The first park constructed over a freeway, Freeway Park has a long history of serving to bridge and build community. Lawrence Halprin and Angela Danadjieva, the landscape architects responsible for Freeway Park’s design, envisioned a park that would restore pedestrian access between Seattle’s Downtown, Capitol Hill and First Hill neighborhoods, thereby repairing the gap generated by the development of Interstate 5 through downtown Seattle. After its completion on July 4, 1976, Freeway Park quickly became a popular urban oasis. Over five acres in size, Freeway Park is a maze of unique architectural forms, fountains, plazas and pathways. Its distinct spaces are flexible and lend themselves to large gatherings as well as peaceful solitude. The Park’s 2010 landscape renovation brought attention back to the diverse canopy of mature trees, the series of bright grassy plazas and the array of seasonal blooms throughout the year.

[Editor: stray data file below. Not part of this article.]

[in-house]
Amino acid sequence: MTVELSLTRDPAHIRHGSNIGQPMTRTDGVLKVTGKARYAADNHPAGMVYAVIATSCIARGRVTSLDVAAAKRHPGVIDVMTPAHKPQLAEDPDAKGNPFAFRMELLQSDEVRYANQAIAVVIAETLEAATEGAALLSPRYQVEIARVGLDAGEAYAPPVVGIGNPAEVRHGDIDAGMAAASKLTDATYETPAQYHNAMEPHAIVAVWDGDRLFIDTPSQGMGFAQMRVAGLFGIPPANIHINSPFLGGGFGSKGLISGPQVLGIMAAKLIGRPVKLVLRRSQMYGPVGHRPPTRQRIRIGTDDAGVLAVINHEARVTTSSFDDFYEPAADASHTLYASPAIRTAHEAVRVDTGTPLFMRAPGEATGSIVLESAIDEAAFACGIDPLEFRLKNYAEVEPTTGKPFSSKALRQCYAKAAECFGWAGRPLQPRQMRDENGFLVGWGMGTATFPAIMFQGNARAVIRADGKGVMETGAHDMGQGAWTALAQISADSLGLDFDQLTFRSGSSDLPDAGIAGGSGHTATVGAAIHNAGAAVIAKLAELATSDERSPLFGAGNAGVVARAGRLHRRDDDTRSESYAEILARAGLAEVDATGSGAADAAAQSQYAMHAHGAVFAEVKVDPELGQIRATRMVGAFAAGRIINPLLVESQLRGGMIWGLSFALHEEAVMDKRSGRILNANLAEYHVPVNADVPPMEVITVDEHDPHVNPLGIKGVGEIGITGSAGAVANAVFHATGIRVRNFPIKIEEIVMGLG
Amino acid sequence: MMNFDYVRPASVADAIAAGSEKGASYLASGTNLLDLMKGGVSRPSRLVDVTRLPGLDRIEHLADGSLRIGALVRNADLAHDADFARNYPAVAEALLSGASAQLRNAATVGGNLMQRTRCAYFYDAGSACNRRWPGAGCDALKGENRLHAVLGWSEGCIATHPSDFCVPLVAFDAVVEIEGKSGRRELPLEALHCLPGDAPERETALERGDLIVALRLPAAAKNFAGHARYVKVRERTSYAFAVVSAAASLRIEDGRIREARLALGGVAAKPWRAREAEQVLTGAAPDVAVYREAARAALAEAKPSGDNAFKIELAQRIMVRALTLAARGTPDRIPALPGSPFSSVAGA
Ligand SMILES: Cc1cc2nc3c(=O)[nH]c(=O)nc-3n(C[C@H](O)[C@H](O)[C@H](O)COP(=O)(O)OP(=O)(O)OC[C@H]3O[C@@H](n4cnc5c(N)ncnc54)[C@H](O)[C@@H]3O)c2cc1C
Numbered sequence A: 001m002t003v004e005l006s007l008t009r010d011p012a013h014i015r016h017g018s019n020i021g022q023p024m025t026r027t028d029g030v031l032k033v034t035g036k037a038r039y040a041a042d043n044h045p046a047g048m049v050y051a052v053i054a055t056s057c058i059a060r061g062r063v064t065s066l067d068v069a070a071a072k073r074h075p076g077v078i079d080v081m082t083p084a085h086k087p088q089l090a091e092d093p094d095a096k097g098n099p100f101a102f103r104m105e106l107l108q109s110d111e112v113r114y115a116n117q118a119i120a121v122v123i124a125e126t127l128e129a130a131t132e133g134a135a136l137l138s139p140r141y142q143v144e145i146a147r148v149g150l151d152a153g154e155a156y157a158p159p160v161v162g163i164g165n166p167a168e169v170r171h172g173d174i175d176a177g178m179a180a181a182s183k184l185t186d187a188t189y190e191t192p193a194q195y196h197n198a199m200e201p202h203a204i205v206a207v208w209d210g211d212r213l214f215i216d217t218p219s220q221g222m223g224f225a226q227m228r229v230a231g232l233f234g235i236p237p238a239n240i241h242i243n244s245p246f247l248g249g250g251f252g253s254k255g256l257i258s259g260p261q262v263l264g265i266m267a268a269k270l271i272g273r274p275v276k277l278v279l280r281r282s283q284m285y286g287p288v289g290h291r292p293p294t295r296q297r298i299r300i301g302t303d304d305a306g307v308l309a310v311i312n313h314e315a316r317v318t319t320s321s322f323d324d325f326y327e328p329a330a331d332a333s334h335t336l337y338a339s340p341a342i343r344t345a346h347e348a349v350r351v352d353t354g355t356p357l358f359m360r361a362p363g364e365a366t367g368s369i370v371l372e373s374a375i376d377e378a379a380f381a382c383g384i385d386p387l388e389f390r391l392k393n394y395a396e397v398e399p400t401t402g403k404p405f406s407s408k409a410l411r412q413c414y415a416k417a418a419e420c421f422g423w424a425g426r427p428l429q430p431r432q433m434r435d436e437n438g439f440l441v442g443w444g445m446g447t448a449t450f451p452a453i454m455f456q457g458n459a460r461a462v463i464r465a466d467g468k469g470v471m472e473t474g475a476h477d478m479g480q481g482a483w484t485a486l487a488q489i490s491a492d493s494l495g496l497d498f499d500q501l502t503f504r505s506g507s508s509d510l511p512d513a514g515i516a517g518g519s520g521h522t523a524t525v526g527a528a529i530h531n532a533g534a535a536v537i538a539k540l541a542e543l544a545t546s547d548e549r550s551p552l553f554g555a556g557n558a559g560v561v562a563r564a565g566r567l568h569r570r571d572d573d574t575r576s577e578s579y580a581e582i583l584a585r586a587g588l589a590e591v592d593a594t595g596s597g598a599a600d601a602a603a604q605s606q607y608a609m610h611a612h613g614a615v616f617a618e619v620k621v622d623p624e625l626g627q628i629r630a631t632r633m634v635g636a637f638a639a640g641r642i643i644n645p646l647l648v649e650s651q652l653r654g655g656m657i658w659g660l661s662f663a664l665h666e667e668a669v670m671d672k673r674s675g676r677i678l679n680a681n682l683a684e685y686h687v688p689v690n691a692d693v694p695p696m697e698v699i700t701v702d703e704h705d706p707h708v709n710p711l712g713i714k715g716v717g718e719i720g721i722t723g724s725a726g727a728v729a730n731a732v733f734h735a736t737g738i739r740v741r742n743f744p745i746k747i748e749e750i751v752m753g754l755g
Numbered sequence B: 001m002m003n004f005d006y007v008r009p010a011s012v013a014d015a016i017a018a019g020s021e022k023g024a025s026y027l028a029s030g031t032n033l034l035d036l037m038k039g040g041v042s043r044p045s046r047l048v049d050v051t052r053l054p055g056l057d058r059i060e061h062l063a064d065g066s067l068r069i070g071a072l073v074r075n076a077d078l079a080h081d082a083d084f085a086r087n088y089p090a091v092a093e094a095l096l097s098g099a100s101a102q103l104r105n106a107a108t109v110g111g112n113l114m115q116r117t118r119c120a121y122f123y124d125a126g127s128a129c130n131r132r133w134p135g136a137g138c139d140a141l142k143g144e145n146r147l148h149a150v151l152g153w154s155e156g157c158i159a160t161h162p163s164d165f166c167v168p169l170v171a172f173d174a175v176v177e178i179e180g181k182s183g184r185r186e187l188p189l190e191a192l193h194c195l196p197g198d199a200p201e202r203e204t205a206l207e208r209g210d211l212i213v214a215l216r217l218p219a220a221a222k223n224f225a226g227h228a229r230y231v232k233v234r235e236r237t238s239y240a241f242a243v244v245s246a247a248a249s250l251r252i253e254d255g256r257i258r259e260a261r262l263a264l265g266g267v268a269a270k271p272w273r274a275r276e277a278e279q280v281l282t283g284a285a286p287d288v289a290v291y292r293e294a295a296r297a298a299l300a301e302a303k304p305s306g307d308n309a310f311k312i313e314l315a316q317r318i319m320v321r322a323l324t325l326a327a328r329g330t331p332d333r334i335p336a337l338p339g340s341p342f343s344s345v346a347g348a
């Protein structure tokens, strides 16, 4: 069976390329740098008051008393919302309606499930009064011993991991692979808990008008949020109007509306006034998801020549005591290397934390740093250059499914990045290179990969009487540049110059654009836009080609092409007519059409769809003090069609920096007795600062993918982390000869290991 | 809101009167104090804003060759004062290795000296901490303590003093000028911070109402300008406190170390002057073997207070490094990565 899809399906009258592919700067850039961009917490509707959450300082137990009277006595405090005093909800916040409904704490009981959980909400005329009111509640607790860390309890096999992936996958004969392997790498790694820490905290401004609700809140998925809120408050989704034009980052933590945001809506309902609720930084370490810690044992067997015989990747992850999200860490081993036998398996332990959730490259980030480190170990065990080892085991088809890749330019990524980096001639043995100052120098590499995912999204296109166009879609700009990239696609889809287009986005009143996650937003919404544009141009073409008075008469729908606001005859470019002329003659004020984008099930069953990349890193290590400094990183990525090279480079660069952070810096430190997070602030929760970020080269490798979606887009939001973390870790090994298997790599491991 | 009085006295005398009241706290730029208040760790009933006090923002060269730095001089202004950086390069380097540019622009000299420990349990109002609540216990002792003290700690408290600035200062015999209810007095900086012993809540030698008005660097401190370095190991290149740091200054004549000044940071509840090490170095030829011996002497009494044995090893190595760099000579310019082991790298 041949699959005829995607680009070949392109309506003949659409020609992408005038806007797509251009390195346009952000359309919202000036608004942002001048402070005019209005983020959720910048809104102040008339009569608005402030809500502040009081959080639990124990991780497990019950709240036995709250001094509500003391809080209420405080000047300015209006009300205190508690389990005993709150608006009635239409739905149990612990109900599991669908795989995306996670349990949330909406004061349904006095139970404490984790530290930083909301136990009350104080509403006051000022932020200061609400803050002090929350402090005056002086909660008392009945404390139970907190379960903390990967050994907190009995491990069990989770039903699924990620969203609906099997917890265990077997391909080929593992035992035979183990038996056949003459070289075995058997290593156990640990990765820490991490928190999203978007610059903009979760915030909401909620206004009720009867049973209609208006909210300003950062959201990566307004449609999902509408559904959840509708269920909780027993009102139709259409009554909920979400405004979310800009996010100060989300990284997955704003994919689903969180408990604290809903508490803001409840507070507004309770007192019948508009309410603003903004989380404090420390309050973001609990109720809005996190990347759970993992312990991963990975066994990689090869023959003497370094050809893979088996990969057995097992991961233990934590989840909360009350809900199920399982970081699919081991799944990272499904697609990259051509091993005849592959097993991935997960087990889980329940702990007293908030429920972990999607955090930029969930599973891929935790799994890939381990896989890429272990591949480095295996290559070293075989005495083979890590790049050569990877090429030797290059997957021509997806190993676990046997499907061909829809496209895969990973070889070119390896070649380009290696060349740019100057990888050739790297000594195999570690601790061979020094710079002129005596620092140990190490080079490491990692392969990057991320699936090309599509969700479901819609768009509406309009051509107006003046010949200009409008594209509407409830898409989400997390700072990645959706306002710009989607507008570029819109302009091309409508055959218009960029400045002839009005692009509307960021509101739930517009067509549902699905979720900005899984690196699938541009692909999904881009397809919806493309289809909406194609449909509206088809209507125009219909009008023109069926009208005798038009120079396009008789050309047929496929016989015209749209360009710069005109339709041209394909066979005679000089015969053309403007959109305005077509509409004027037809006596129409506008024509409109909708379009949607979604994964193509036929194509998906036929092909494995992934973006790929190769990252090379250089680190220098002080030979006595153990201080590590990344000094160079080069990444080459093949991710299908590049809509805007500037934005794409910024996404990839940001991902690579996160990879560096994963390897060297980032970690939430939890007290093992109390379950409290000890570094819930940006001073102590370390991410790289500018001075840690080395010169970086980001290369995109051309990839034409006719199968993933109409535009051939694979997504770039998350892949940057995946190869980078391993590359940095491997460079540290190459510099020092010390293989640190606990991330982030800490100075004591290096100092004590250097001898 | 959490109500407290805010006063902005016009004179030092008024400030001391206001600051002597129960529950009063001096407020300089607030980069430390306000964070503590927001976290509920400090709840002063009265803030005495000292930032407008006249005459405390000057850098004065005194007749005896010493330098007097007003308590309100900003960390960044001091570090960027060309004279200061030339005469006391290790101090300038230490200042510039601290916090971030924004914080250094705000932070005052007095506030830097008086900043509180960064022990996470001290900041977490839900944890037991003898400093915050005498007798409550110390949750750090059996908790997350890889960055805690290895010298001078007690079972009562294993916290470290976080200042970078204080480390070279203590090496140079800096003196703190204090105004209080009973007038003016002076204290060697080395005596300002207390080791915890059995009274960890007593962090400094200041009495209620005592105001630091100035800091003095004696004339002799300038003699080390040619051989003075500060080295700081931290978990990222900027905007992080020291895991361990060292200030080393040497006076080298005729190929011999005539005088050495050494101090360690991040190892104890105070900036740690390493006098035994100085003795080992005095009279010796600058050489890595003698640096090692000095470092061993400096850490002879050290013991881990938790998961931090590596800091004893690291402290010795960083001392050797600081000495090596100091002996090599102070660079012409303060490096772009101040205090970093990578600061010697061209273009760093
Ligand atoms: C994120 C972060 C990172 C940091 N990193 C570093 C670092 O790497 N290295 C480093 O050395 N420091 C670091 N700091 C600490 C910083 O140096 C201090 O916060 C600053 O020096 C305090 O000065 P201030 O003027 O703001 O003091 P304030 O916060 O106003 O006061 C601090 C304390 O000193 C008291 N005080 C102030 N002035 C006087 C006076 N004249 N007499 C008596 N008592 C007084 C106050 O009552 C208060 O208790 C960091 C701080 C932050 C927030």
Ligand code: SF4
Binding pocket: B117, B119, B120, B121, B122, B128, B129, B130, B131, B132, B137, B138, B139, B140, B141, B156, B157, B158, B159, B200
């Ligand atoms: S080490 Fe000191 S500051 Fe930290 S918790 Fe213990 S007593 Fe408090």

Just as the Park acts to bring communities together, its namesake, Jim Ellis served the Seattle community tirelessly as a citizen activist and leader of such campaigns as those that cleaned up Lake Washington and established Seattle Metro in the 1950’s. Jim and Mary Lou Ellis are honored as community visionaries the WSCC Plaza on the North side of the Park. Freeway Park is at once an historic landmark and an ever changing urban landscape that reflects the diverse needs of its community.
For more information on Freeway Park, visit Seattle Parks and Recreation.
700 Seneca Street
Seattle, WA 98101